Uber illegal in Thailand, and the Ministry of Transport says drivers driving for Uber will be arrested if caught
Earlier in the month, ride-share company Uber had a meeting with Thailand’s Ministry of Transport in an effort to solve the problem they have been having in their competition against Thailand’s legitimate taxi services.
The meeting, at least in Uber’s eyes, was probably not a success as the Ministry of Transport agreed to do nothing except a ‘six-month study’ to decide whether the law should be changed when it comes to the legality of ridesharing apps in Thailand.
What that meant as far as Thai law is concerned is that Uber illegal in Thailand is now a thing. At least until any decision is made on the study, and that is likely to take up to 12 months to happen.
What that also means is, if you are using Uber in Thailand, until a decision about its future in the Kingdom is made, you are using an illegal form of transportation and, yes, the police have the right to stop an Uber taxi while you are using it and arrest the driver.
But will this stop them from operating in Bangkok, with Uber illegal in Thailand?
Well, considering the company seems to think it is above the law in just about every country it operates it, it is no surprise when Uber Asia’s Amy Kunrojpanya told the Bangkok Post that Uber would continue to operate in Thailand regardless that the Ministry of Transport has told them their drivers will be arrested if they do.
Because Uber’s response to a driver being arrested?
Apparently, they promise to reimburse them for any fines they get as a result of the arrest.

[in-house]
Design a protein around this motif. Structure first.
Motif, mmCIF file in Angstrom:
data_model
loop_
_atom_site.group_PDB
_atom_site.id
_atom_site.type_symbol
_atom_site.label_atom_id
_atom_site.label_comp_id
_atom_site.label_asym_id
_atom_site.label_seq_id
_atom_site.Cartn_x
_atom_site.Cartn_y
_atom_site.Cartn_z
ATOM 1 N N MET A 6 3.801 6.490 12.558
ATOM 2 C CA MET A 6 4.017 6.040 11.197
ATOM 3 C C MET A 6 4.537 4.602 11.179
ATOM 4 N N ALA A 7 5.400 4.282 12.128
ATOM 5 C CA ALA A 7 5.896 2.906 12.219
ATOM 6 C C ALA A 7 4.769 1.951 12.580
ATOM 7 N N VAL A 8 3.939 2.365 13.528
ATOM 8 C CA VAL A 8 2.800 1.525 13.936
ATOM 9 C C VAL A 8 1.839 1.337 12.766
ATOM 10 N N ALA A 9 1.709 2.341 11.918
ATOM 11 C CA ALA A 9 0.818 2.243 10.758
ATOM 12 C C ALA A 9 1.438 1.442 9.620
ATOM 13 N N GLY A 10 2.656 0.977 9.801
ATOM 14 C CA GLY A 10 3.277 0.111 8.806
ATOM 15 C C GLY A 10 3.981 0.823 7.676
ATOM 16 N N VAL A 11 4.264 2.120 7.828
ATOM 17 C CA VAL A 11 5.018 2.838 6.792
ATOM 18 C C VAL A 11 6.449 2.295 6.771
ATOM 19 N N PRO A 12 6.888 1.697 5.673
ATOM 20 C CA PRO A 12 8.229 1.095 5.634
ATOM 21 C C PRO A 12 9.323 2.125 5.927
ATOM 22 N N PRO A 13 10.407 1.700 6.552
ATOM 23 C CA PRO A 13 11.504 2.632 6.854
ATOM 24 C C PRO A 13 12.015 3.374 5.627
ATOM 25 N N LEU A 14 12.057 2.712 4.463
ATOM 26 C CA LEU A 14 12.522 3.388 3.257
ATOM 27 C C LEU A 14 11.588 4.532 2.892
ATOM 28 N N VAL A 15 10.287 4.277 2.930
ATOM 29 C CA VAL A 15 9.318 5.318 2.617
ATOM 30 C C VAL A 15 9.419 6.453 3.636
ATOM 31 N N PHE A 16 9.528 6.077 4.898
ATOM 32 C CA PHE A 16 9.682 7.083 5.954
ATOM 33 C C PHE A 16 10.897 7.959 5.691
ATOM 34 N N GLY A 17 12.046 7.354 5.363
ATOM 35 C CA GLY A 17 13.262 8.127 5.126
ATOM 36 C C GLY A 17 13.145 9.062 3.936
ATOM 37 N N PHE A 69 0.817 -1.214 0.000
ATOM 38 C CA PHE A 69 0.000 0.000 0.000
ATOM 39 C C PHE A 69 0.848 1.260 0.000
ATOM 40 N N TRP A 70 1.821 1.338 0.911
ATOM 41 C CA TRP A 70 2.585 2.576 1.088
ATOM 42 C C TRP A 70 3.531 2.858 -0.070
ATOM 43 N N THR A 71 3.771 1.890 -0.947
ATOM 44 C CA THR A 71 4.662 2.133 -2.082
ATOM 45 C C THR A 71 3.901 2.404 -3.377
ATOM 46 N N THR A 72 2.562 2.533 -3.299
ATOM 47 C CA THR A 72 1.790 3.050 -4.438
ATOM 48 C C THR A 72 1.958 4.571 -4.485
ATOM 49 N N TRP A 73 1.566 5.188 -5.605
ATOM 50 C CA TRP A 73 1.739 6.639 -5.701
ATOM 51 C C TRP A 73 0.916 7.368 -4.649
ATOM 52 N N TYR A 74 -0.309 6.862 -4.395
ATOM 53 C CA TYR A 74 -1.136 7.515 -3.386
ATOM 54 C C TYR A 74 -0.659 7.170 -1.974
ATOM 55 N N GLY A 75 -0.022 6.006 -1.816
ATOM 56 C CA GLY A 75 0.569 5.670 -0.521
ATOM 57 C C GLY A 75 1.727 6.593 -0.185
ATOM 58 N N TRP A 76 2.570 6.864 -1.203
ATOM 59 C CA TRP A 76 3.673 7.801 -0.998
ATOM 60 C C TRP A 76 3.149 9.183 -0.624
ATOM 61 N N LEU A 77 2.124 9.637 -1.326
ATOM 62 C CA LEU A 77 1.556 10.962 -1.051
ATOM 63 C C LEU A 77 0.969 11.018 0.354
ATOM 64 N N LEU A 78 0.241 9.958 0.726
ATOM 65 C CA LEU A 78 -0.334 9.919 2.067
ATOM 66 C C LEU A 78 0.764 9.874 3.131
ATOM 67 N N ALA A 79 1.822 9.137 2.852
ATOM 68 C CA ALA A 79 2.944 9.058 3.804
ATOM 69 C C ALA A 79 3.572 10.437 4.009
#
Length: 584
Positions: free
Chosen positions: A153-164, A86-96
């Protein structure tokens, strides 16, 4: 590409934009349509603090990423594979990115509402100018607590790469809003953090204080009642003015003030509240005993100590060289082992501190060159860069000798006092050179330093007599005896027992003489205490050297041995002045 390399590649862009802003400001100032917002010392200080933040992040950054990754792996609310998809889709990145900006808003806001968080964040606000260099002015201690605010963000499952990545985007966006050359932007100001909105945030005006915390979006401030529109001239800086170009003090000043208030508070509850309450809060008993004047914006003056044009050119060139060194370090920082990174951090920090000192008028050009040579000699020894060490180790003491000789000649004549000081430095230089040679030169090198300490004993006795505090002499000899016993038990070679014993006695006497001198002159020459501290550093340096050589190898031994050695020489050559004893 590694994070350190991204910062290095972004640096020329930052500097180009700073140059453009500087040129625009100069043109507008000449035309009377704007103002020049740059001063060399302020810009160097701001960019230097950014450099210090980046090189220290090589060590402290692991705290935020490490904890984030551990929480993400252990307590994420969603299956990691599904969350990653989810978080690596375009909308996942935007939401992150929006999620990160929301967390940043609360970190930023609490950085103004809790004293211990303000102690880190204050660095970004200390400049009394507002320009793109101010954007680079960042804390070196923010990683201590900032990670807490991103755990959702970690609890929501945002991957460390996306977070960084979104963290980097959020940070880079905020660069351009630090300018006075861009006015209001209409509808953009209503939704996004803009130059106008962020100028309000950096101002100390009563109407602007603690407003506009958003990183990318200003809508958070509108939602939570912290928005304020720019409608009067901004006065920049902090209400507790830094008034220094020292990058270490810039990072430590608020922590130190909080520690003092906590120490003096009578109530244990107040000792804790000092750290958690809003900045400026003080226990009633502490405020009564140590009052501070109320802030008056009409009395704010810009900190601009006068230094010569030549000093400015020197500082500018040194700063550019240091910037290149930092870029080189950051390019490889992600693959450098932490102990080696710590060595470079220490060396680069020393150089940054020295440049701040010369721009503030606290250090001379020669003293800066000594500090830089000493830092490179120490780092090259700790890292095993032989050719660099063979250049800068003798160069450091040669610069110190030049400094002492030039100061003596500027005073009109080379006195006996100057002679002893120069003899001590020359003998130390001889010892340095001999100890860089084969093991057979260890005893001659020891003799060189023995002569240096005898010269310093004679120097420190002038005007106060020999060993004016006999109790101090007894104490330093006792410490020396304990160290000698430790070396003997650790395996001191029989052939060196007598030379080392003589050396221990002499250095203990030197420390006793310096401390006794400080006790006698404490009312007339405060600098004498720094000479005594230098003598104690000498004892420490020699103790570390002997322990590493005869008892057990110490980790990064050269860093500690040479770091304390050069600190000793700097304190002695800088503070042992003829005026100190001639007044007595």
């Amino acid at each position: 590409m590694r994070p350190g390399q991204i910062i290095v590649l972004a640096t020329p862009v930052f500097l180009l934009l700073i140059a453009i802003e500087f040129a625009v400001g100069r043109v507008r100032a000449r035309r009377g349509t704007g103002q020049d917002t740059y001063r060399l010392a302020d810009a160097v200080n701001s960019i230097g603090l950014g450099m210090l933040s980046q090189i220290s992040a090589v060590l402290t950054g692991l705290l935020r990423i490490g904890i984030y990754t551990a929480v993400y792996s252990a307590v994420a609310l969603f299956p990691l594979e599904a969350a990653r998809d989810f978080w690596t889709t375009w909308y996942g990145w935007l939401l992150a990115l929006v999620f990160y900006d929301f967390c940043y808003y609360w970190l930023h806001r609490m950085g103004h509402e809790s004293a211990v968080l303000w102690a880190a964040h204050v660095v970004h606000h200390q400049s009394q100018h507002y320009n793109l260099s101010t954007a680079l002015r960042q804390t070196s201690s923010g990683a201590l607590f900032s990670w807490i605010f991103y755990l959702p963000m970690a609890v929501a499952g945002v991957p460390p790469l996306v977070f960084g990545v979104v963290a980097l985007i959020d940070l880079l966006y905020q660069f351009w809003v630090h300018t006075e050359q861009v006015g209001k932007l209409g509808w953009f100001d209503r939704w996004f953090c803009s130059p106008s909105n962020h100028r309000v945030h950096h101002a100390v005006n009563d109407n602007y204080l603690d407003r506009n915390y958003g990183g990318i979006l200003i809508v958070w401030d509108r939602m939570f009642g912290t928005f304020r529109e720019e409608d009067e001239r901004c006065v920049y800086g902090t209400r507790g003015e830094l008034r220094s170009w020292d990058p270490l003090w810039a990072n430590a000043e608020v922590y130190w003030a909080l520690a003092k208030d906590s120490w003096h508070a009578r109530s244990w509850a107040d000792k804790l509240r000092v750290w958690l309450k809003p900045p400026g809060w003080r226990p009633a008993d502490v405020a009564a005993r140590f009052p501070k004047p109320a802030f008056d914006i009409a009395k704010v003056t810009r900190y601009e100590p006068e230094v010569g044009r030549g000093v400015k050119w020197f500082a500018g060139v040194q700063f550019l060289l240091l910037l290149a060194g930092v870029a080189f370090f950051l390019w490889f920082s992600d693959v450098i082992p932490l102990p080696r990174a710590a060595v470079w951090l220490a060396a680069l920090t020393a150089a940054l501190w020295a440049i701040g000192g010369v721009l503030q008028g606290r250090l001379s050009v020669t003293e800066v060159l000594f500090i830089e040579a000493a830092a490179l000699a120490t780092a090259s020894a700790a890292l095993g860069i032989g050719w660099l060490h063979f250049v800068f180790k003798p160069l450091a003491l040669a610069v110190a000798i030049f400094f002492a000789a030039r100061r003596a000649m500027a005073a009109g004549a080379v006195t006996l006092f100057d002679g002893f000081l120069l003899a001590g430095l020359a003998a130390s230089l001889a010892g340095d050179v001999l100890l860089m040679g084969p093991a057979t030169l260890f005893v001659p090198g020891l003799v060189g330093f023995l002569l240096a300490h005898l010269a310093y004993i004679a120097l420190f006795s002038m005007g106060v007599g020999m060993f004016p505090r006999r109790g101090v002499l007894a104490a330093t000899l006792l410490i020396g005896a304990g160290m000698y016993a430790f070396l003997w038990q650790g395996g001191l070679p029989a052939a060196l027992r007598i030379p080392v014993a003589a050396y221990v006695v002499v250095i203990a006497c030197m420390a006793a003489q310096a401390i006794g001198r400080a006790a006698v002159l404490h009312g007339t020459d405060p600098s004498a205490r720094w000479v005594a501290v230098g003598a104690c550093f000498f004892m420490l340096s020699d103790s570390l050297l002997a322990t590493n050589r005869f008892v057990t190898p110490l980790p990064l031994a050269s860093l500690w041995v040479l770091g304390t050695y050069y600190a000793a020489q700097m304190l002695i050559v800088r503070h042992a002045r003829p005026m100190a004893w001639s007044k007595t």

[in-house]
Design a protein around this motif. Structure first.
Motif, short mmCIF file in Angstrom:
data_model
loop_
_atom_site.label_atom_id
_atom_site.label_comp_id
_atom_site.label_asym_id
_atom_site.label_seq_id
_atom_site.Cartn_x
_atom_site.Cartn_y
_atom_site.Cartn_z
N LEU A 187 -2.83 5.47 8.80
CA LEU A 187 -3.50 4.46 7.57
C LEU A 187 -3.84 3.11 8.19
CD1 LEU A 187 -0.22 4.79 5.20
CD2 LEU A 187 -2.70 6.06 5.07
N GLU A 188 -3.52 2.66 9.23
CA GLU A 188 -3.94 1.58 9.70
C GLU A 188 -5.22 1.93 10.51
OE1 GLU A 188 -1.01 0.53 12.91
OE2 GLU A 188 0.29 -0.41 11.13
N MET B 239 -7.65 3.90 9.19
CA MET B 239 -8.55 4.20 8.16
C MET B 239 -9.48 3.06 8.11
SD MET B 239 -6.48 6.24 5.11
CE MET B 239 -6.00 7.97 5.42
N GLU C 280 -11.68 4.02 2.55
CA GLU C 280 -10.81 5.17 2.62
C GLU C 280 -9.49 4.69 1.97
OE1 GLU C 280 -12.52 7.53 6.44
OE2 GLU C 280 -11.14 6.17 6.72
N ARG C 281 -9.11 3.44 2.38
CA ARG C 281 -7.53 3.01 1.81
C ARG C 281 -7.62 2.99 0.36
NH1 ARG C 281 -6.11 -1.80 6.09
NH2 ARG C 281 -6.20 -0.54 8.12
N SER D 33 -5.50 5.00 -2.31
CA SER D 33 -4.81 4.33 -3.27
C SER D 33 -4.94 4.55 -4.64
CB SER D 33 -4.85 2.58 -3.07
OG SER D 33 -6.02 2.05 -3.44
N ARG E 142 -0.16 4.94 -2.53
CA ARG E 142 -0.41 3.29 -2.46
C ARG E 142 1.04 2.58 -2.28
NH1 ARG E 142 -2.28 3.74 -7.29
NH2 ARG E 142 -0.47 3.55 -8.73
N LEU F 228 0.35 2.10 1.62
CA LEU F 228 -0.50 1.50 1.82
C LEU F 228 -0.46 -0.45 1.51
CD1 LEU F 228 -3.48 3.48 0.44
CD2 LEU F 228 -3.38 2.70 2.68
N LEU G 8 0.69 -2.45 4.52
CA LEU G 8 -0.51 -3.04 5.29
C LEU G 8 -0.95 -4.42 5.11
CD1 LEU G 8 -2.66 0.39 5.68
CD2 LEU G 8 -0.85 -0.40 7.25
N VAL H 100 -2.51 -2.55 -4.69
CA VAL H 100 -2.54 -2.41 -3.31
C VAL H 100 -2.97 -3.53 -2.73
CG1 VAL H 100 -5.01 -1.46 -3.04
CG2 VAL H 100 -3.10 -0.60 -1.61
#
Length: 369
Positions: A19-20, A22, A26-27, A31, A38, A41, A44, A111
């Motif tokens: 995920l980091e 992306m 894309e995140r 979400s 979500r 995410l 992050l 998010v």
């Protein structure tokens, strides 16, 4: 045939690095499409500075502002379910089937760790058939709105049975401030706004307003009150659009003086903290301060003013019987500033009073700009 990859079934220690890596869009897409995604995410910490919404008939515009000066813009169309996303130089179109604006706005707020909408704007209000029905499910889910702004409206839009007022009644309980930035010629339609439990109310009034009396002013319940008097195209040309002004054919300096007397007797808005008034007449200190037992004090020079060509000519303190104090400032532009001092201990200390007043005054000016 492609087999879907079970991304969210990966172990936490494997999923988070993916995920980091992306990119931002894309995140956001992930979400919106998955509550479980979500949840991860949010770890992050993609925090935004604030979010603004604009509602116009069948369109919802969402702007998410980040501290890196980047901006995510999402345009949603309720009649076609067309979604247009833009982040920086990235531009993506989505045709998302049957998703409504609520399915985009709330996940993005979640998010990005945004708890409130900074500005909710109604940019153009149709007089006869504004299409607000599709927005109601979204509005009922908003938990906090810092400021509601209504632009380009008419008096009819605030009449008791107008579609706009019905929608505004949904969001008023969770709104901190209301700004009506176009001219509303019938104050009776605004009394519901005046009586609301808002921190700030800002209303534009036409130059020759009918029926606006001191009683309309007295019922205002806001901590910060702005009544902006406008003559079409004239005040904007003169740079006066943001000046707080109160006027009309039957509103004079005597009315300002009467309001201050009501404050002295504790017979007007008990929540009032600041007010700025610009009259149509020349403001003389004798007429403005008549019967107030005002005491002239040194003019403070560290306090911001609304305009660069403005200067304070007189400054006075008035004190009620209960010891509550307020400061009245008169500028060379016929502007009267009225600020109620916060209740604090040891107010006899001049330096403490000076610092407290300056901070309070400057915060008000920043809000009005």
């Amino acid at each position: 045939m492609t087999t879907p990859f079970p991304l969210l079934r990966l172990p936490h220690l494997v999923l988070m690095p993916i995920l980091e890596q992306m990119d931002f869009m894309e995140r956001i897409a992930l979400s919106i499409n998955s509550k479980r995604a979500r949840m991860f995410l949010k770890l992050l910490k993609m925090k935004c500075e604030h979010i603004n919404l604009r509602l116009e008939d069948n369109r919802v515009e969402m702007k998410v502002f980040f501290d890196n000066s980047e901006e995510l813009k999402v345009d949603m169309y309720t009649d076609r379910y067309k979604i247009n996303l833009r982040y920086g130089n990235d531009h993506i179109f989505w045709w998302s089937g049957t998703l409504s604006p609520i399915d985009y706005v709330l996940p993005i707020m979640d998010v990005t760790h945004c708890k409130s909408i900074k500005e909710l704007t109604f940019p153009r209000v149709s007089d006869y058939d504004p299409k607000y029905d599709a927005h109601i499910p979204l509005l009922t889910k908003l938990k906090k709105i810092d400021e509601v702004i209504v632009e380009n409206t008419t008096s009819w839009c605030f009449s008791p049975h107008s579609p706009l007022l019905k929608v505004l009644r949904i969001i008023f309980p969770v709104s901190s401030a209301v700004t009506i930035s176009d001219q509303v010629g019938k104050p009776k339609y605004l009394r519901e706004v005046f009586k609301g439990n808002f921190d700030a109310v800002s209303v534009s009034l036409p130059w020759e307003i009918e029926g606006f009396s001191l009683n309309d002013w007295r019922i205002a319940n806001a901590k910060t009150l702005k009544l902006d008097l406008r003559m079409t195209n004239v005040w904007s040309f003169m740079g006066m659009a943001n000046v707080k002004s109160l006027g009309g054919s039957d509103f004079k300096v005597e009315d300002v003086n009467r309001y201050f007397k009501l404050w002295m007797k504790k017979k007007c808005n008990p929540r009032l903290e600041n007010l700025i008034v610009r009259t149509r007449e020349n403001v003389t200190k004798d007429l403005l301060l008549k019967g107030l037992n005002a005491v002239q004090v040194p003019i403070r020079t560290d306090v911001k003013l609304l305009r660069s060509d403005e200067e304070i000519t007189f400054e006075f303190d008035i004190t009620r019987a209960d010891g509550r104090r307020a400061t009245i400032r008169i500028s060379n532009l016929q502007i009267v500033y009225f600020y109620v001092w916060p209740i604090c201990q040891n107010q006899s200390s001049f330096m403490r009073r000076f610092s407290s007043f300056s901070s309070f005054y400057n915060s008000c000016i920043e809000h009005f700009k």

Which basically shows you exactly how much Uber cares about their Thai taxi drivers. Get a police record? Not our problem. We’ll just reimburse your fine.
Now, personally, I detest Uber.
They are a company that are being sued by various competitors for anti-competitive practices (Among other nasty things, Uber employees have called for taxis at rival companies and then just not shown up for the ride — thus, costing the company and the driver lost revenue).
They treat their drivers like garbage, as they are treated as contractors not employees, so do not get the benefits drivers that work for legitimate taxi companies would get under the laws of several countries.
An Uber executive has also suggested the company should run campaigns against journalists that have written stories about their unfair and, in some cases, illegal practices. Even going after one female journalist, Sarah Lacy, to such an extent she worried about her own safety and that of her children.
So, for me, it will be a cold day in hell before I ever use an Uber car. Whether in Thailand or anywhere else.
And if you don’t like supporting companies that think making money for themselves is far more important than abiding by the law, or than keeping their drivers (and their passengers) safe and free from arrest, then I suggest you don’t either.
Besides, there’s nothing wrong with Thailand’s taxi companies.
I’ve taken taxis in Bangkok and elsewhere in Thailand almost every day for the entire 14 years I’ve lived in Thailand, and not once have I ever had a problem other than an occasional surly driver.
In fact, most Thai taxi drivers have gone out of their way to be friendly, helpful and to get me where I need to go in the time I have to get there.
What more could you ask for?
Well, Uber illegal in Thailand and still operating for one.